What is : Eco-friendly
What if someone told you that you could have a beautiful, stunning home and save the planet from harmful chemicals, landfill, and air pollution at the same time?
That would be pretty awesome and is totally POSSIBLE!
When I was attending FIDM, every other class had some lesson or project on eco-friendly materials and furniture. They encouraged us to actively look for environmental-friendly products over the easily accessible standard products sold in stores. Currently, there are a LOT more eco-friendly options available now than there were just two years ago. This is a great thing! What's even better is with all of these new companies popping up with cutting edge environmental solutions, it is now a more accessible and affordable option! Below are just Some of the options we have to choose from today.
Strand-woven Bamboo Flooring
Bamboo flooring is better for the environment than hardwood flooring for MANY reasons! Bamboo is a renewable resource; grows faster; absorbs greenhouse gasses; exerts 35% more oxygen; doesn't require any pesticides, fertilizer, or herbicides; more versatile; and has many more qualities that are beneficial to our environment and economy.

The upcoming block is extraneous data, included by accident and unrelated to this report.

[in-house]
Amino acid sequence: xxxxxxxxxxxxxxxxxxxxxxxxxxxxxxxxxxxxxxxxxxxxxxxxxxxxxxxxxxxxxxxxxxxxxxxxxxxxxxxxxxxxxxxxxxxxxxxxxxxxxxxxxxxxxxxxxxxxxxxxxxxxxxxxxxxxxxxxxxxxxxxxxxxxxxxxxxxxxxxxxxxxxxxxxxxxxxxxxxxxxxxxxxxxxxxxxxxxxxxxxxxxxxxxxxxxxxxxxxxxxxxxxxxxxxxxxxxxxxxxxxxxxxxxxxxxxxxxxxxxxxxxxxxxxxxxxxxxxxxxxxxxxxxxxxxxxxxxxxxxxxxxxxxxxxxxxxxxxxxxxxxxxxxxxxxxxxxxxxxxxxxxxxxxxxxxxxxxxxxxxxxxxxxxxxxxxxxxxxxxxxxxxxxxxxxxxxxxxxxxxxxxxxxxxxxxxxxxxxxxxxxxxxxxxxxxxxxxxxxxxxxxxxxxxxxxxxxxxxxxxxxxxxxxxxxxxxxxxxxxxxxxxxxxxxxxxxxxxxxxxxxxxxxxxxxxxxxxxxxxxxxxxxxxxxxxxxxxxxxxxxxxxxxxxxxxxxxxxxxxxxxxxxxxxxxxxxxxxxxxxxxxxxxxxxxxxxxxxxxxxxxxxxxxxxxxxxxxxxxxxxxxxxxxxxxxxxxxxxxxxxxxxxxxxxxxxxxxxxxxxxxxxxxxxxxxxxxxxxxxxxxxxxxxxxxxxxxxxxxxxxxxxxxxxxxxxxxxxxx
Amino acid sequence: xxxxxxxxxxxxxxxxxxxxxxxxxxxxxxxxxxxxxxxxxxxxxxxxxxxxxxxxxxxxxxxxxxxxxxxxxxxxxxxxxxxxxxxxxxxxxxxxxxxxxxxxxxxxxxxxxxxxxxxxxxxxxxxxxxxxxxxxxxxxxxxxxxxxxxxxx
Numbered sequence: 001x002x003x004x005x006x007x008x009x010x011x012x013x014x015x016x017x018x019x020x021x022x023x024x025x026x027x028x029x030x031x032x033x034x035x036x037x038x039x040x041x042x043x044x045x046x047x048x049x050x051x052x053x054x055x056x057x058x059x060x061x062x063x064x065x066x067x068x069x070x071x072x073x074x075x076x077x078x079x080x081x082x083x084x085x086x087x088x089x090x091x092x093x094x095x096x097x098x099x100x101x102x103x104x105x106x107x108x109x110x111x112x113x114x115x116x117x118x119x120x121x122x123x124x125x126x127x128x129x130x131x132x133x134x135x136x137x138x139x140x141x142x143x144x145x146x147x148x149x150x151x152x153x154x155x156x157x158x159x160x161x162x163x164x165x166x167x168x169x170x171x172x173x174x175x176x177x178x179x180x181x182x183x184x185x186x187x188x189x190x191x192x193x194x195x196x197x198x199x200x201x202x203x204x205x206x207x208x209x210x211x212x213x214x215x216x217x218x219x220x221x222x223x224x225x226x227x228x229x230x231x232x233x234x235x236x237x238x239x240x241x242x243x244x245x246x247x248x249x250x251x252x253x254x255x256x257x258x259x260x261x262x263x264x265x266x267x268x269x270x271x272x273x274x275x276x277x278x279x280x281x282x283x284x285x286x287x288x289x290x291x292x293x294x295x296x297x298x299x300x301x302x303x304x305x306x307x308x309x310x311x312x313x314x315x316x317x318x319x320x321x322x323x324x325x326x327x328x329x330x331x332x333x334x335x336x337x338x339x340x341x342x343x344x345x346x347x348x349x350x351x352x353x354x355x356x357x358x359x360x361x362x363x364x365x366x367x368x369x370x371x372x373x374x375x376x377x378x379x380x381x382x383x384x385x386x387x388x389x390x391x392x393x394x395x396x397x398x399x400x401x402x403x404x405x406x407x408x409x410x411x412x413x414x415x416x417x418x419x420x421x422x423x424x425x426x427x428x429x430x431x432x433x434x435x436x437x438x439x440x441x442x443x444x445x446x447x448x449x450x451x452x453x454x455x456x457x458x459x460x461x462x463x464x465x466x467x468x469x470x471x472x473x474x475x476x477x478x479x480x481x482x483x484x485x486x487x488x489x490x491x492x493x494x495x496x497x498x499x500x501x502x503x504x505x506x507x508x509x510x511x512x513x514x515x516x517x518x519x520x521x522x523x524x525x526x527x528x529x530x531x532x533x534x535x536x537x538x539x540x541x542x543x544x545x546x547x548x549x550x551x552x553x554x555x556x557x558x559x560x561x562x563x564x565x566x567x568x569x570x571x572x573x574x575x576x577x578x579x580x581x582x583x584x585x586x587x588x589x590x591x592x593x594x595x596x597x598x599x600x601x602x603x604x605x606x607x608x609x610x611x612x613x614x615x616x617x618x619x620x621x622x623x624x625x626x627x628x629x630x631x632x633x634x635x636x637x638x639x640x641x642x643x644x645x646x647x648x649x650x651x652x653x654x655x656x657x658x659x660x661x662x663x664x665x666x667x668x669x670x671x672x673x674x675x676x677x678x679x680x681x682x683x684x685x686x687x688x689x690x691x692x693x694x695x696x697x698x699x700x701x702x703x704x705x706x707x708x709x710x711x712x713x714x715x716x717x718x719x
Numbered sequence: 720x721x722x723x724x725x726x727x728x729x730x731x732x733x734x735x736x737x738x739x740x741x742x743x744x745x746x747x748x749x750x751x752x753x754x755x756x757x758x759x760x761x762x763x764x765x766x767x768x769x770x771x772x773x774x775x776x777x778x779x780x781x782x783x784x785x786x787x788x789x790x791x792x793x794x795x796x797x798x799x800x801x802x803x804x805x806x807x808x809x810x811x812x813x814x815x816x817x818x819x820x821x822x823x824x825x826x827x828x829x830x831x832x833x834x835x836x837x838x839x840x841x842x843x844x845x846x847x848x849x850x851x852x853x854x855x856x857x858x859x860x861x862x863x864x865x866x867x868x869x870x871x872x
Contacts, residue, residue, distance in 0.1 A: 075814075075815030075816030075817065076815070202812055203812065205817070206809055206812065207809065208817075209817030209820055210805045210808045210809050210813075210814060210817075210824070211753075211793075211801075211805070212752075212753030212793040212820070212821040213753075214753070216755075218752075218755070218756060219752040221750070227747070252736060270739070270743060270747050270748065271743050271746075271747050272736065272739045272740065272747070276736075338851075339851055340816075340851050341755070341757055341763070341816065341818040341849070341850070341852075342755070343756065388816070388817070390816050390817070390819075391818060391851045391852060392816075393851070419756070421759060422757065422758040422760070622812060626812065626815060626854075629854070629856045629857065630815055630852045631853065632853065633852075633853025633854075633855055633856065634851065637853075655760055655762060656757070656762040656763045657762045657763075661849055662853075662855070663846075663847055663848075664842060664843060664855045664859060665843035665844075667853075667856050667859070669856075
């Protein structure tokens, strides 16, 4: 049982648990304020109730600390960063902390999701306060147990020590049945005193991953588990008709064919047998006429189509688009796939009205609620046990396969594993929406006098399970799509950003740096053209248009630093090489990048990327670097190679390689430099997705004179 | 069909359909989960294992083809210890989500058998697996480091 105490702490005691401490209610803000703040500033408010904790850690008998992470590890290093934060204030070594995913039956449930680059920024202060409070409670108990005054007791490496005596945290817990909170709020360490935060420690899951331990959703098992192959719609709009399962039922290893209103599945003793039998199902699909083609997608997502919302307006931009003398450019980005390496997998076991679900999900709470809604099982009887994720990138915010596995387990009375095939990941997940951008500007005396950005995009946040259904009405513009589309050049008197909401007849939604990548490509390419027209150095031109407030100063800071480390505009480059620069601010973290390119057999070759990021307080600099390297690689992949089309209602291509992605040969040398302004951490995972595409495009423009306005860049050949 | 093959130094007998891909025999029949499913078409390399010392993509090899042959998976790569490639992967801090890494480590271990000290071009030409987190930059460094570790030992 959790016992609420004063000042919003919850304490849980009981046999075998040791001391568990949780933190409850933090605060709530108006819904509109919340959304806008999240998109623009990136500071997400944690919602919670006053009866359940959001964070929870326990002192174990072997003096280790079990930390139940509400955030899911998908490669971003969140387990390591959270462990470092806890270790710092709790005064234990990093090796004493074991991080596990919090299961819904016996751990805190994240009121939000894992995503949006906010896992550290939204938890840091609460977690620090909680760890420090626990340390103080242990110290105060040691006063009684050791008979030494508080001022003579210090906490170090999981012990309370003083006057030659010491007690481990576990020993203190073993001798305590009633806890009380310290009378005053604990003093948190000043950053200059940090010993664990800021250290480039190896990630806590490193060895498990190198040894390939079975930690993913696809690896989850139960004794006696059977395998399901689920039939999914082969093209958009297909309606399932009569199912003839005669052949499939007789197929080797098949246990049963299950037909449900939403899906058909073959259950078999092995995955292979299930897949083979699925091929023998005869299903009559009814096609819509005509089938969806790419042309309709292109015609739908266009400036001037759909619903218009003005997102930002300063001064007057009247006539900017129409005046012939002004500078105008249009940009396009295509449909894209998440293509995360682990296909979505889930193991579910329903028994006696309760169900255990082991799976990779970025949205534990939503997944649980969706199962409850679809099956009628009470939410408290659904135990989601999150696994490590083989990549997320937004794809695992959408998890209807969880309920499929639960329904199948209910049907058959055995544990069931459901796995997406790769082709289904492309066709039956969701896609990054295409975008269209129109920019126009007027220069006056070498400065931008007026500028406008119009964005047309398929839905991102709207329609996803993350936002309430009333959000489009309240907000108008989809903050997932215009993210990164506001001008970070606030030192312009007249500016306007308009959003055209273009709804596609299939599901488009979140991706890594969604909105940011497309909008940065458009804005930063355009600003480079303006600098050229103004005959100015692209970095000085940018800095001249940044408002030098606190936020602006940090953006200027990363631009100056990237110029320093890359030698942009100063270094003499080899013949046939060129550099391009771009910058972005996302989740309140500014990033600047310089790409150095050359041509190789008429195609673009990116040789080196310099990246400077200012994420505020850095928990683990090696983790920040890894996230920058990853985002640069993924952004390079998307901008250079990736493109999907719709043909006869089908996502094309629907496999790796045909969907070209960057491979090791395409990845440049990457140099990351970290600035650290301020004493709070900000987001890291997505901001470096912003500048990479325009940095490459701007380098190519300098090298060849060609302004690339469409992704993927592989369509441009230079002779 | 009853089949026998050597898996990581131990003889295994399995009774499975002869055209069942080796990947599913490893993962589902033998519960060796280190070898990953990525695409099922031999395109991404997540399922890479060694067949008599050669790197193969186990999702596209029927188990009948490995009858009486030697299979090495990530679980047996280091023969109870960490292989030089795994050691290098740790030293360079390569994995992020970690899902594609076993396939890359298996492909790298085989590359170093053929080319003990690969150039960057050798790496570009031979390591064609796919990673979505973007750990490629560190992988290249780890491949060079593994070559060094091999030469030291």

Yep, those pretty white tiles are made from coconuts! These beautiful and unique reclaimed tiles are eco-friendly because they are excess shells that would have, otherwise, been discarded from the harvest or burned, adding to landfill waste and air pollution.
When you're shopping for paint, pick a product that says "Zero-VOC" on the label. (VOCs, volatile organic compounds, are hazardous chemicals that easily become vapor or gas.) I recommend the brand Benjamen Moore; his coloring system is proven to produce less VOCs than other Zero-VOC companies and offers more colors.
Cork is an amazing material because it's water resistant, acoustic soundproofing, offers insulation, and looks beautiful when incorporated into interiors (ranging from flooring to pendant lights). Cork is great for the environment because the cork trees are harvested, rather than cut down, to collect bark. This is a process that causes the trees to absorb more carbon dioxide, release more oxygen, and naturally regenerate its bark. It's also *biodegradable* !
This glass countertop was constructed by recycled pieces of glass, concrete, and non-toxic pigments. Glass recycling helps the environment, because the amount of energy needed to melt recycled glass is considerably less than that needed to melt raw materials to make new bottles and jars.